Famous (or infamous) for his humorous take on the human condition and the state of the world, Banksy has drawn attention to some deep issues. While some may consider him to be a vandal, violating public space with his blunt messages, others view him as an artistic mastermind who has found a way to make people listen to what he has to say. I tend to be in the latter camp. I find his work fascinating. It's clever, has meaning behind it and it makes you think.
What do you think of Banksy?


Mami Made It said...

Thank you for bringing this impressing exhibition to us. I am with you when you say it is clever and has a deep meaning. I know some pictures and now I have some informations about the artist.

Tamar SB said...

So cool!!

Tom said...

...a revolutionary artist, thanks for sharing.

Miss Val's Creations said...

His work is so interesting. I love how Banksy does not explain the pieces leaving them open for the viewer's interpretation.

restlessjo said...

I hadn't realised there was such a huge body of work, Lisa. I did find myself Banksy spotting when I was in Bristol a couple of years ago. Some of it is very clever and it sounds like an interesting exhibition. Thanks for all the details. :)

csuhpat1 said...

Very beautiful work. Thanks for sharing.

Sara - Villa Emilia said...

Not my cup of tea, I'm afraid. :)
I loved reading your informative post though.
Have a lovely day! <3

Jackie Mc Guinness said...

I am a huge Banksy fan and a bigger fan of street art! Ask my husband, as we drive around places looking for more and more!

Sharon Wagner said...

The Grimm reaper with a smiley face is my favorite!

Michelle said...

Banksy is a favorite of mine. I enjoy his work and find it very clever. I would LOVE to see an exhibition of his work. Thank you for linking up and I hope to see you back next week!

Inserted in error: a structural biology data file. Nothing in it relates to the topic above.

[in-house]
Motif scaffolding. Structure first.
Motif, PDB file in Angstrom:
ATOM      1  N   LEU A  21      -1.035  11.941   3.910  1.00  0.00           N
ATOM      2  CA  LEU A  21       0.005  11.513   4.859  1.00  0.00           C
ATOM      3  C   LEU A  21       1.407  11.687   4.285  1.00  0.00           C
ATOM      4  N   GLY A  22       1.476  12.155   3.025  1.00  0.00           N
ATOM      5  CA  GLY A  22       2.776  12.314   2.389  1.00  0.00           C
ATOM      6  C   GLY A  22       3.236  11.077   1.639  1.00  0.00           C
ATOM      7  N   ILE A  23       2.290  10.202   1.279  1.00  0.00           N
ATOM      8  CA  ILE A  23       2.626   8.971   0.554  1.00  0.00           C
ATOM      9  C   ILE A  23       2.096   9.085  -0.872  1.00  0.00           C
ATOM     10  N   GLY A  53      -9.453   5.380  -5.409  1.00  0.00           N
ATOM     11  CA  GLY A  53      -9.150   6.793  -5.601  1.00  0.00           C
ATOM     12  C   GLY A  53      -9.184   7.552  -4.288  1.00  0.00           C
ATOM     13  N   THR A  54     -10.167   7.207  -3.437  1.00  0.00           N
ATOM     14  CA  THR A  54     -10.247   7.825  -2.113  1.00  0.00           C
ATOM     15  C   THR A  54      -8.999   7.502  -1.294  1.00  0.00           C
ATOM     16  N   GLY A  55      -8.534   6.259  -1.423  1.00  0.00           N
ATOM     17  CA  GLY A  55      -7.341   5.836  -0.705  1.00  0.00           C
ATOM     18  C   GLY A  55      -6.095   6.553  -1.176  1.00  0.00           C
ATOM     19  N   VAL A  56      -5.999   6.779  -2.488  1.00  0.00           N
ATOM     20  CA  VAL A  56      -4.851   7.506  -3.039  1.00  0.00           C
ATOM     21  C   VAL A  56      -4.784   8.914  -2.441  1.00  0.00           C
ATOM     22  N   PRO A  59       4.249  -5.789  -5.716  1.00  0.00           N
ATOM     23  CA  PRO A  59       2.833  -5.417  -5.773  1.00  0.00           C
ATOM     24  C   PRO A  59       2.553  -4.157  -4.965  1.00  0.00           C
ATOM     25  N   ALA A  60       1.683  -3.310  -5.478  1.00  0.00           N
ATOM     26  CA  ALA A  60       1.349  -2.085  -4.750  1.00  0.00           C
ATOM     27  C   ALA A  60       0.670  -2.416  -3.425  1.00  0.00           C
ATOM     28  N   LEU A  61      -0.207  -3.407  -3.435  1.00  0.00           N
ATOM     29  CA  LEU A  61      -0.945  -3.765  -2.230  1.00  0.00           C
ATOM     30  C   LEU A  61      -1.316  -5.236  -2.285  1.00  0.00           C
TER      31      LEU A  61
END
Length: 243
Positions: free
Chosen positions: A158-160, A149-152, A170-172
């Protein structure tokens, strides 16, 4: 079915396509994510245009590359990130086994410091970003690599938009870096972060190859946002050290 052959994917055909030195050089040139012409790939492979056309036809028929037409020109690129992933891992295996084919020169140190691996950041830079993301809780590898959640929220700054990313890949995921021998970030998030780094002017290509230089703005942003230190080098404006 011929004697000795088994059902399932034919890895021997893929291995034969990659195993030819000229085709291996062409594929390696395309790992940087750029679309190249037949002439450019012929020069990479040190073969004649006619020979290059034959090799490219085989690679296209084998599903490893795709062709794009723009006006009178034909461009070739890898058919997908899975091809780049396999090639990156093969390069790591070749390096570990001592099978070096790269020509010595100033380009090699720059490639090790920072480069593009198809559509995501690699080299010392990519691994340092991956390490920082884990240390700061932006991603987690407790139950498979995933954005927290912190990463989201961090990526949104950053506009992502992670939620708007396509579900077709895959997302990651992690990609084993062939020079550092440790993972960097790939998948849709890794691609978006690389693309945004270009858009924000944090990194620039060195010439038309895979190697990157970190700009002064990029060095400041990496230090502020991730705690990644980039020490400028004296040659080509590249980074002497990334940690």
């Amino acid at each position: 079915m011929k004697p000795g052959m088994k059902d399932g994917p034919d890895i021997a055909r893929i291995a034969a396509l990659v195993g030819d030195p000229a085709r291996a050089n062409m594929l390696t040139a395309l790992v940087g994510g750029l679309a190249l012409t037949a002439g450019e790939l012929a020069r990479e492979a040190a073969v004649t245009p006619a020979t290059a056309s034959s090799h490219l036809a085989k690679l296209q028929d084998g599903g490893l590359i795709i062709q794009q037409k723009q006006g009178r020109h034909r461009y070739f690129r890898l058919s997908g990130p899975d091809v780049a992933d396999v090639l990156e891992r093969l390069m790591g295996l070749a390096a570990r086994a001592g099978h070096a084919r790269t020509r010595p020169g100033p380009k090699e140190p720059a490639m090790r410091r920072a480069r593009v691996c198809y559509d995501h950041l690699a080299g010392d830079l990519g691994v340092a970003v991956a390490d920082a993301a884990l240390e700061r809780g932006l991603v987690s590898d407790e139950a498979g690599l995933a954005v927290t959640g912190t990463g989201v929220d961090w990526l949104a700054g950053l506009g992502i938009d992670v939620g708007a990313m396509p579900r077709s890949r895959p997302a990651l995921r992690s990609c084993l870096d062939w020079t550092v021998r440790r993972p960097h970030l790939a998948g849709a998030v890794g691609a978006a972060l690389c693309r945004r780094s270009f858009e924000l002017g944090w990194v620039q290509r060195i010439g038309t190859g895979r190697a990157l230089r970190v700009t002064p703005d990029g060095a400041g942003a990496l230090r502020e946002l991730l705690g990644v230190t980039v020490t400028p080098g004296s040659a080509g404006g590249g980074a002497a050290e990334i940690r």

molly said...

I love Banksy work. I think we need more subversive artists like him. maybe now more than ever


Sallie (FullTime-Life) said...

I took time to embiggen' some of the smaller photos ... you are certainly right, he does make you think! Glad his former friend didn't print out his thoughts about each piece, preserving what the artist wanted in that way at least. But I would have to say the exhibit is a great thing for the many people who would never see his works at all otherwise.

For most of the pictures, I quickly made my own interpretation (and was happy with myself) but I puzzled over the one with Dorothy and Toto for a long time and left without any satisfactory feeling.-

I enjoyed this gallery tour -- thanks for taking us along.

Jann Olson said...

It is hard to find time to spend with your teens. Glad you were able to!! Thanks for sharing with SYC.

Anonymous said...

Interesting post, Lisa! He has the mind of an artist (in not caring about status quo or political correctness), but am not sure, even though he gets high prizes for his works, if belongs to art (don't tell your son!). I would categorize him more as media or entertainment. Churchill and the queen made me smile:)

VeggieMummy said...

My daughter is at uni in Bristol and I love spotting Banksy's work. We saw a beautiful one of a rat in London and the council had tried to protect it with a plastic cover. Unfortunately, they failed to seal it along the top. The water had got in and the paint was peeling. Glad that you had a good time. xx

Debbie Roberts - Debs Random Writings said...

Banksy certainly is an enigmatic figure and I hope he stays that way. His works always seem to have a deeper meaning making you wonder about the person behind the art as much as the artwork itself. I would love to see some of his random art daubed on some wall.

Thank you for linking up with the #MMBC.